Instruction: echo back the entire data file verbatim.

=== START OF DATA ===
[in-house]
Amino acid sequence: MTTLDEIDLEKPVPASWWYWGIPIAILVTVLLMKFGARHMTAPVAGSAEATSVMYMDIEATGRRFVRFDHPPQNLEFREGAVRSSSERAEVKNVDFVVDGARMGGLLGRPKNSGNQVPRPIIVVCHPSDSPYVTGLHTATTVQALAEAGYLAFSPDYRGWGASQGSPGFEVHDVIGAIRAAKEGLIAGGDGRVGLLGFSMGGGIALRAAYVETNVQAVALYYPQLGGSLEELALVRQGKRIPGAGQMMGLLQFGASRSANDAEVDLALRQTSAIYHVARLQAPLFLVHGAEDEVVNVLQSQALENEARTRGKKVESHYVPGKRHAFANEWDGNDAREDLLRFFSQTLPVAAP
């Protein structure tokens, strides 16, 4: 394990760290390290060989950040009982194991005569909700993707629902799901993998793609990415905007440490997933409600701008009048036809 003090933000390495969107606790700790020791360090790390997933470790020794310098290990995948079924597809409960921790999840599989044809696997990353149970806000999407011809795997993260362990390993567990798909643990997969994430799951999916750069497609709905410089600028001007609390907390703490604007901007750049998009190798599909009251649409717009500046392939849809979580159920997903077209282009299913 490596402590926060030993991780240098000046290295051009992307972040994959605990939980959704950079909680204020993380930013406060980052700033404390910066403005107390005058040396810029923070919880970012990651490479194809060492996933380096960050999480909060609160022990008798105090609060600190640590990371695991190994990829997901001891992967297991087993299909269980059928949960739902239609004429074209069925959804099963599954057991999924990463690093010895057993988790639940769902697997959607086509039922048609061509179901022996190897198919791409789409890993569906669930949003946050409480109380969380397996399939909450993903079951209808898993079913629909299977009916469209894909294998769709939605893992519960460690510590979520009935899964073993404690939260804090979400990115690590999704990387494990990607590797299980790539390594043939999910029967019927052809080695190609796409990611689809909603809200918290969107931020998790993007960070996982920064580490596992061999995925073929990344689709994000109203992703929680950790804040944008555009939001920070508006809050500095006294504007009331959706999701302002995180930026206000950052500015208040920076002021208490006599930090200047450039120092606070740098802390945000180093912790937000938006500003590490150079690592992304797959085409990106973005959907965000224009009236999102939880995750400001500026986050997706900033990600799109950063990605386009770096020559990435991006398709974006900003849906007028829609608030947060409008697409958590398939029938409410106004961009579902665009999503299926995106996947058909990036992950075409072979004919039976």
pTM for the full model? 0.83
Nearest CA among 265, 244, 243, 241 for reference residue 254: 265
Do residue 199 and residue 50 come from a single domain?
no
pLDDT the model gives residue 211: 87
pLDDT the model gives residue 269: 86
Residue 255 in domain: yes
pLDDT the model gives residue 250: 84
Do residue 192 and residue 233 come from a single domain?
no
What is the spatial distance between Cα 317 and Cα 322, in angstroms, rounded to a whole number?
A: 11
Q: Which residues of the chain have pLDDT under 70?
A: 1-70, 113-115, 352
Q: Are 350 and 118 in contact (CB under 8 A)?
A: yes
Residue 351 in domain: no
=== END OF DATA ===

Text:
[in-house]
Amino acid sequence: MTTLDEIDLEKPVPASWWYWGIPIAILVTVLLMKFGARHMTAPVAGSAEATSVMYMDIEATGRRFVRFDHPPQNLEFREGAVRSSSERAEVKNVDFVVDGARMGGLLGRPKNSGNQVPRPIIVVCHPSDSPYVTGLHTATTVQALAEAGYLAFSPDYRGWGASQGSPGFEVHDVIGAIRAAKEGLIAGGDGRVGLLGFSMGGGIALRAAYVETNVQAVALYYPQLGGSLEELALVRQGKRIPGAGQMMGLLQFGASRSANDAEVDLALRQTSAIYHVARLQAPLFLVHGAEDEVVNVLQSQALENEARTRGKKVESHYVPGKRHAFANEWDGNDAREDLLRFFSQTLPVAAP
């Protein structure tokens, strides 16, 4: 394990760290390290060989950040009982194991005569909700993707629902799901993998793609990415905007440490997933409600701008009048036809 003090933000390495969107606790700790020791360090790390997933470790020794310098290990995948079924597809409960921790999840599989044809696997990353149970806000999407011809795997993260362990390993567990798909643990997969994430799951999916750069497609709905410089600028001007609390907390703490604007901007750049998009190798599909009251649409717009500046392939849809979580159920997903077209282009299913 490596402590926060030993991780240098000046290295051009992307972040994959605990939980959704950079909680204020993380930013406060980052700033404390910066403005107390005058040396810029923070919880970012990651490479194809060492996933380096960050999480909060609160022990008798105090609060600190640590990371695991190994990829997901001891992967297991087993299909269980059928949960739902239609004429074209069925959804099963599954057991999924990463690093010895057993988790639940769902697997959607086509039922048609061509179901022996190897198919791409789409890993569906669930949003946050409480109380969380397996399939909450993903079951209808898993079913629909299977009916469209894909294998769709939605893992519960460690510590979520009935899964073993404690939260804090979400990115690590999704990387494990990607590797299980790539390594043939999910029967019927052809080695190609796409990611689809909603809200918290969107931020998790993007960070996982920064580490596992061999995925073929990344689709994000109203992703929680950790804040944008555009939001920070508006809050500095006294504007009331959706999701302002995180930026206000950052500015208040920076002021208490006599930090200047450039120092606070740098802390945000180093912790937000938006500003590490150079690592992304797959085409990106973005959907965000224009009236999102939880995750400001500026986050997706900033990600799109950063990605386009770096020559990435991006398709974006900003849906007028829609608030947060409008697409958590398939029938409410106004961009579902665009999503299926995106996947058909990036992950075409072979004919039976």
pTM for the full model? 0.83
Nearest CA among 265, 244, 243, 241 for reference residue 254: 265
Do residue 199 and residue 50 come from a single domain?
no
pLDDT the model gives residue 211: 87
pLDDT the model gives residue 269: 86
Residue 255 in domain: yes
pLDDT the model gives residue 250: 84
Do residue 192 and residue 233 come from a single domain?
no
What is the spatial distance between Cα 317 and Cα 322, in angstroms, rounded to a whole number?
A: 11
Q: Which residues of the chain have pLDDT under 70?
A: 1-70, 113-115, 352
Q: Are 350 and 118 in contact (CB under 8 A)?
A: yes
Residue 351 in domain: no